I've gotten out of this online book discussion to the college
experience. On our campus, as on many, we have a "common reading," a
book that incoming first year students are encouraged to read over the
summer before coming to school. I got a few first term seminar teachers
and their students to join me in holding an online discussion of the
book chosen for this year, Khaled Hosseini's The Kite Runner.
This proved to be a spectacular failure. I hoped the students would be
able to get to know each other a little bit before arriving on campus
and have a positive exposure to talking about books just for fun. The
only problem was that none of them felt brave enough to join in. They
were intimidated and thrown by the idea of talking about a book with
college faculty for fun, and weren't sure what their role was.
According to one of them, they were used to being given questions that
they could look up in the book, questions with implied answers that the
teacher knew. Though many of them read for pleasure, they couldn't
connect that pleasure to an educational setting.
surprise for me was the different assumptions about what this common
reading experience was for. Faculty assume a book discussion should
focus on forming a better understanding the book by analyzing its
structure, its plot, its characters and themes. The student affairs
staff who initiated the program wanted the book discussion to focus
almost entirely on emotional identification - to use events in the book
to discuss adjustment to college, sometimes to almost comic effect.
"Amir had to leave Afghanistan and start a new life in America, and his
relationship with his father changed. How do you think your
relationship with your parents will change now that you're in college?"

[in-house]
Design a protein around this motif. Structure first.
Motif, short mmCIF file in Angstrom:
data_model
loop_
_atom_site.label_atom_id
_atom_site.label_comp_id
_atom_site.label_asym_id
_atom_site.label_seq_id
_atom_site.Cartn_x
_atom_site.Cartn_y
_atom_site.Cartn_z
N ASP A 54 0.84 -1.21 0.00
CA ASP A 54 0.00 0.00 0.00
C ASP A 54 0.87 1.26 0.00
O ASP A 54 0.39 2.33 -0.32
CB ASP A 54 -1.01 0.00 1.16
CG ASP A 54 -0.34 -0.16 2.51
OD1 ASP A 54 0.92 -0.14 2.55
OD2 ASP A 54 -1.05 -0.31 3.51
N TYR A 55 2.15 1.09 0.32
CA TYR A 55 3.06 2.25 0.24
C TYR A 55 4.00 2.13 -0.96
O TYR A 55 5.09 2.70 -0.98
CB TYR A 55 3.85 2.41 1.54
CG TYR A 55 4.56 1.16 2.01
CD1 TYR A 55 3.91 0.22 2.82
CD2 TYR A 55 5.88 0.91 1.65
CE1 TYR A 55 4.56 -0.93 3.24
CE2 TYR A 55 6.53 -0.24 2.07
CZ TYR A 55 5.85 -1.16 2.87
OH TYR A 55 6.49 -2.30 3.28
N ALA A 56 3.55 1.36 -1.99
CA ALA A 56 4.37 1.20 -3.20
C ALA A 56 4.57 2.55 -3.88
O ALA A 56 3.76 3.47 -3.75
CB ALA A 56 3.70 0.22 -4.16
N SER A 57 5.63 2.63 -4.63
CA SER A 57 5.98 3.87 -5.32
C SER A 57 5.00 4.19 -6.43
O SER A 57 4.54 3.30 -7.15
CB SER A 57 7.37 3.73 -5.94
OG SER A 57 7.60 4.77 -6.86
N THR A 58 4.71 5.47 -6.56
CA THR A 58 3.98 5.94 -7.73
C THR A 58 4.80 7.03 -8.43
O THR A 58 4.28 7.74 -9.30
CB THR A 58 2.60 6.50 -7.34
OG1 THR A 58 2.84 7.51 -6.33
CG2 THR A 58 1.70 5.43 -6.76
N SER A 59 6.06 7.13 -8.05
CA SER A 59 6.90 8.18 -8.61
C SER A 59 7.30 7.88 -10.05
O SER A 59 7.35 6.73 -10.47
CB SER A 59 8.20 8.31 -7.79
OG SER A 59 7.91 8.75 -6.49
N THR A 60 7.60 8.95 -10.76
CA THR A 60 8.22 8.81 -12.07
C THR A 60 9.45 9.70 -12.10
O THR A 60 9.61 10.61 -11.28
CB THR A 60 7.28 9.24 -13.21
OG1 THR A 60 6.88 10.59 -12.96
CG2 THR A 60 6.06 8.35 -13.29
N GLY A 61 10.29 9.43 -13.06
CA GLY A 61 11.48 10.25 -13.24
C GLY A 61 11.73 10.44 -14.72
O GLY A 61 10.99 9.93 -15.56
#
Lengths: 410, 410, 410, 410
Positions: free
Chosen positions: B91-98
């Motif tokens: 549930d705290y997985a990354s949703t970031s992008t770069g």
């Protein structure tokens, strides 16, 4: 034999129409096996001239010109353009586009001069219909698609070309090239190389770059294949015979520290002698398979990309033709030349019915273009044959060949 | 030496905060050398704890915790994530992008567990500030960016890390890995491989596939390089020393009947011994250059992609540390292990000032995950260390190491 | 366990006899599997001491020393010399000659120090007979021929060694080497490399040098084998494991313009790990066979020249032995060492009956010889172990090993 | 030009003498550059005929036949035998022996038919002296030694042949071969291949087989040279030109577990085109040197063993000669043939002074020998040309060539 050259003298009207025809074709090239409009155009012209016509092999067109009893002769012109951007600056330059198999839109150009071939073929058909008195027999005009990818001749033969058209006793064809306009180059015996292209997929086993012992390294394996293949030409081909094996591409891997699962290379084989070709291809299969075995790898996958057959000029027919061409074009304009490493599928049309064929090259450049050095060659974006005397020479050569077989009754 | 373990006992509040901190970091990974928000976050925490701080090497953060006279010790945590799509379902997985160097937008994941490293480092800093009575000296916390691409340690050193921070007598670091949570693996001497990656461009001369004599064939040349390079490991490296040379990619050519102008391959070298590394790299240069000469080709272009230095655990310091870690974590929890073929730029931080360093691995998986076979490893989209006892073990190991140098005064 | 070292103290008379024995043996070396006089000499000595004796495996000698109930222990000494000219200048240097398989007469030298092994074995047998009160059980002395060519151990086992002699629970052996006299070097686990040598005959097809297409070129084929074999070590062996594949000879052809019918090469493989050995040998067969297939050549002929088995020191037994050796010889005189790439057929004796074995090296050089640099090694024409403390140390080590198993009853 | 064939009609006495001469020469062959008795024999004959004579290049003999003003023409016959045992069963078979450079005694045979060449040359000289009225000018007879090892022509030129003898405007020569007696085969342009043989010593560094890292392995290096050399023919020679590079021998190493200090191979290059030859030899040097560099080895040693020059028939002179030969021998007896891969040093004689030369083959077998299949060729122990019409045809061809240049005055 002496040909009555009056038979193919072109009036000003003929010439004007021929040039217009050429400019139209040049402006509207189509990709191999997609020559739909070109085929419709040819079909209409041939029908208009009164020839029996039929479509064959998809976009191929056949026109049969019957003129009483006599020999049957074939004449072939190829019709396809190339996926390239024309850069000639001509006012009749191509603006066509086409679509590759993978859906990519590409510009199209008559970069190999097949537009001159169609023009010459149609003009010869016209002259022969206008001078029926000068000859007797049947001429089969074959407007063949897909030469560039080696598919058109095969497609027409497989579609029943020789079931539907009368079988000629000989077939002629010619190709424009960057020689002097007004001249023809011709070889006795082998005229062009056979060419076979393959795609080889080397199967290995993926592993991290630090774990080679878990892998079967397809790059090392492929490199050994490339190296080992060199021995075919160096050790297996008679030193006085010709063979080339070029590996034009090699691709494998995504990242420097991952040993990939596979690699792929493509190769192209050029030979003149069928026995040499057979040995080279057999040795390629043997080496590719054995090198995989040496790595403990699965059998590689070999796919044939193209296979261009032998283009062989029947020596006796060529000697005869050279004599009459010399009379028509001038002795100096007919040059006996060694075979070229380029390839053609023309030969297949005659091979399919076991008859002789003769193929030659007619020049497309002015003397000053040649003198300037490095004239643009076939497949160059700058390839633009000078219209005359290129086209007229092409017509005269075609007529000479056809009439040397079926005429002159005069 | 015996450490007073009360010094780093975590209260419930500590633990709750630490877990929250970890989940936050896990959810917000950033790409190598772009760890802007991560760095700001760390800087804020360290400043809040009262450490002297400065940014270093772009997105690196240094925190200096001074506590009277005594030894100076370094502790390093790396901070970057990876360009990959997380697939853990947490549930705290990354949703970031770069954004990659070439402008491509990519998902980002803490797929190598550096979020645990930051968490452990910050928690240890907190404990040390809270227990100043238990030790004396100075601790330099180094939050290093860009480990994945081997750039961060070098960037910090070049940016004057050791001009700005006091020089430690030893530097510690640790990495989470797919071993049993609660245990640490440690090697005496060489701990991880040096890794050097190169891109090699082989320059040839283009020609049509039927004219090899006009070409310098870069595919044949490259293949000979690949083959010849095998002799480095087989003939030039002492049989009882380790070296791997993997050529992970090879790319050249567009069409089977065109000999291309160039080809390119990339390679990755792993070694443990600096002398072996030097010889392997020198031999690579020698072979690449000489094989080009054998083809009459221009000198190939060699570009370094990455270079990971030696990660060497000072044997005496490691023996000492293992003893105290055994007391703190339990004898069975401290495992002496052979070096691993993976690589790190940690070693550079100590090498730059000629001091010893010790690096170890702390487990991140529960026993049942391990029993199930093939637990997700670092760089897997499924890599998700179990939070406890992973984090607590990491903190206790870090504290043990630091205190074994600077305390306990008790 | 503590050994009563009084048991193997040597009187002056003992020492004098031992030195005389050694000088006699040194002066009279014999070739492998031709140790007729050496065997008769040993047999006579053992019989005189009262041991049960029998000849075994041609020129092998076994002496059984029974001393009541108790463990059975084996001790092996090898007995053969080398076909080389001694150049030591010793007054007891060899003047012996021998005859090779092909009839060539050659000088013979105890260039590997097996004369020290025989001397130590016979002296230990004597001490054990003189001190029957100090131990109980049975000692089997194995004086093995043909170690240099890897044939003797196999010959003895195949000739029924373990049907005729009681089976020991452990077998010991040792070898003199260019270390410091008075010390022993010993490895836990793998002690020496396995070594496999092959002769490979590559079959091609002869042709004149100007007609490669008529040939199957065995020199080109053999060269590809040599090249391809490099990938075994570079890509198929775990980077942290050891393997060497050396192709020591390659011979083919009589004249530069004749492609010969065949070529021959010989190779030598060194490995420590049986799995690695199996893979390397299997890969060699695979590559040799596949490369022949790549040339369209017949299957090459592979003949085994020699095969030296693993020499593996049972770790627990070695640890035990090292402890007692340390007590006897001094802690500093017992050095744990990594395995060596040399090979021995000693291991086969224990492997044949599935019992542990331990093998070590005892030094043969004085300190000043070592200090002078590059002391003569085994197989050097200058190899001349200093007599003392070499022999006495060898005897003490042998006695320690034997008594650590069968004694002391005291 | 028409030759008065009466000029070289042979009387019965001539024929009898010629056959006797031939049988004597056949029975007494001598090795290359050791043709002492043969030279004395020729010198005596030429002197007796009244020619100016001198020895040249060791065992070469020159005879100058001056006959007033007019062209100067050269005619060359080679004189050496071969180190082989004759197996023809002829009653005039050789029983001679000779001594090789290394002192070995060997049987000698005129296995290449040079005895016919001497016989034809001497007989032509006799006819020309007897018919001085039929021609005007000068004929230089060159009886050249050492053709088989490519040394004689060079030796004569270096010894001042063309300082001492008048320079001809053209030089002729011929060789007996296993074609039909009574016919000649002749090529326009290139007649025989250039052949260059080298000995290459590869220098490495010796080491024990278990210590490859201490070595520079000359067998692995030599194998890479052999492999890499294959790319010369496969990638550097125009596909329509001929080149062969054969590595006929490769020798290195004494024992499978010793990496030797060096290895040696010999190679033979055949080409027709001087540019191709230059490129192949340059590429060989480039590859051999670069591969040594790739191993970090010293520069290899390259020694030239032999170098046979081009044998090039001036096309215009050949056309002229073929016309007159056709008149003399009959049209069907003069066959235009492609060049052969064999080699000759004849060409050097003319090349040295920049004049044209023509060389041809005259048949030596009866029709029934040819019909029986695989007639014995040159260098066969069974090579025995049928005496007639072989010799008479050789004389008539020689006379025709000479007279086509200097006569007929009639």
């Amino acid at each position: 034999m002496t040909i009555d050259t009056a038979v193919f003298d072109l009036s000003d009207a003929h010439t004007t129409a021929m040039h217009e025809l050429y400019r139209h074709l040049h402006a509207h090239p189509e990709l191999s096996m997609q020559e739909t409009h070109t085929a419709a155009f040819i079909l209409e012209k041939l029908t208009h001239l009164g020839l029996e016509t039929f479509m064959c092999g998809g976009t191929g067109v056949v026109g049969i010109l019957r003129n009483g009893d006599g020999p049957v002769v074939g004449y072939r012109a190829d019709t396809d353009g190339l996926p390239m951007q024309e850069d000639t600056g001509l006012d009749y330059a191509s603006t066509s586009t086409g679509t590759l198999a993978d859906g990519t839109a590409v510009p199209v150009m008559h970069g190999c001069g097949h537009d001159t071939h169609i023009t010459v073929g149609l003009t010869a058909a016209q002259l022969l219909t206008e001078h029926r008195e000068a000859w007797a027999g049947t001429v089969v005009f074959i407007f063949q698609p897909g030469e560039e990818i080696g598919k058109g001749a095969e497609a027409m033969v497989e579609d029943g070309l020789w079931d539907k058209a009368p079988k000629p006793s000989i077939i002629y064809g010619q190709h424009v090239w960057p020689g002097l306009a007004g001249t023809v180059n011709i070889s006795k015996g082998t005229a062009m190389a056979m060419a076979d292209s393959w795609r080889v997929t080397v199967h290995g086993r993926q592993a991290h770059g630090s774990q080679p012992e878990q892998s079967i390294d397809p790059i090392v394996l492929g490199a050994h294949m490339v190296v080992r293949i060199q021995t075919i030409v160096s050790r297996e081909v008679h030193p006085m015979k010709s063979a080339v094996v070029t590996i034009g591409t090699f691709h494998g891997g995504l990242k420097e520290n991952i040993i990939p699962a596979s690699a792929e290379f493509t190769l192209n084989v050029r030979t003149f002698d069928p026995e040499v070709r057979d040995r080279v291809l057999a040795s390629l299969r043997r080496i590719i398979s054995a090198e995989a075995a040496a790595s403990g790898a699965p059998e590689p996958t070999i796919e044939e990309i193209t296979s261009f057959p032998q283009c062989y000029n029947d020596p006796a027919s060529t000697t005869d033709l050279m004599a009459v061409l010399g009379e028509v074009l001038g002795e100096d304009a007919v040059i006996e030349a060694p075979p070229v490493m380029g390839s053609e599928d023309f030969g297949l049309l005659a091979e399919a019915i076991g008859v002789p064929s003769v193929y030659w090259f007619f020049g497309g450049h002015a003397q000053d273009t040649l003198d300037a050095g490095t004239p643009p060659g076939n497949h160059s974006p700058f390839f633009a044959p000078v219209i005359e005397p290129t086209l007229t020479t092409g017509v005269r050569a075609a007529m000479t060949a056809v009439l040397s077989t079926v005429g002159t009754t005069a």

In many ways this cultural practice of reading a book in common on a
college campus is a fulcrum for the contested notions of literacy, and
for that reason I'm observing the entire process of selecting a book
and planning orientation next year to unpack some of those assumptions
year I'd like to try another online discussion format, either one led
by upper class students or a public conversation that incoming students
can read without feeling pressure to do more than "lurk." I'm convinced
there is a role for forming a sense of community through reading
together, one that could be especially valuable for incoming students;
using online communication has the potential to break down students'
belief that responding to books in college means finding the correct
answer. Perhaps, too, it will help faculty and student affairs staff
learn how analysis and intellectual engagement with books can
comfortably coexist with the empathy and identification that
characterize popular reading practices.
a librarian, being a participant-observer in an active book group,
whether online or face-to-face, can be an eye-opening experience. The
multiple ways that readers respond to books, and the importance of
books in their lives, is affirming of what we do as a profession.
Elizabeth Long has put it this way:
return to the beginning, when we question the public's identification
of libraries with books, we are discounting, I believe, one of the most
valuable and underrated services a library provides. The authors of the
OCLC market research study seem to be saying essentially "when people
identify books with libraries, they are missing out on the richness and
importance of the information we offer." I disagree. When the public
says books they are talking about information - and much more. They're
talking about the personal fulfillment they gain from reading, from the
ideas, meaning, and values that they find in books and in the social
act of reading together.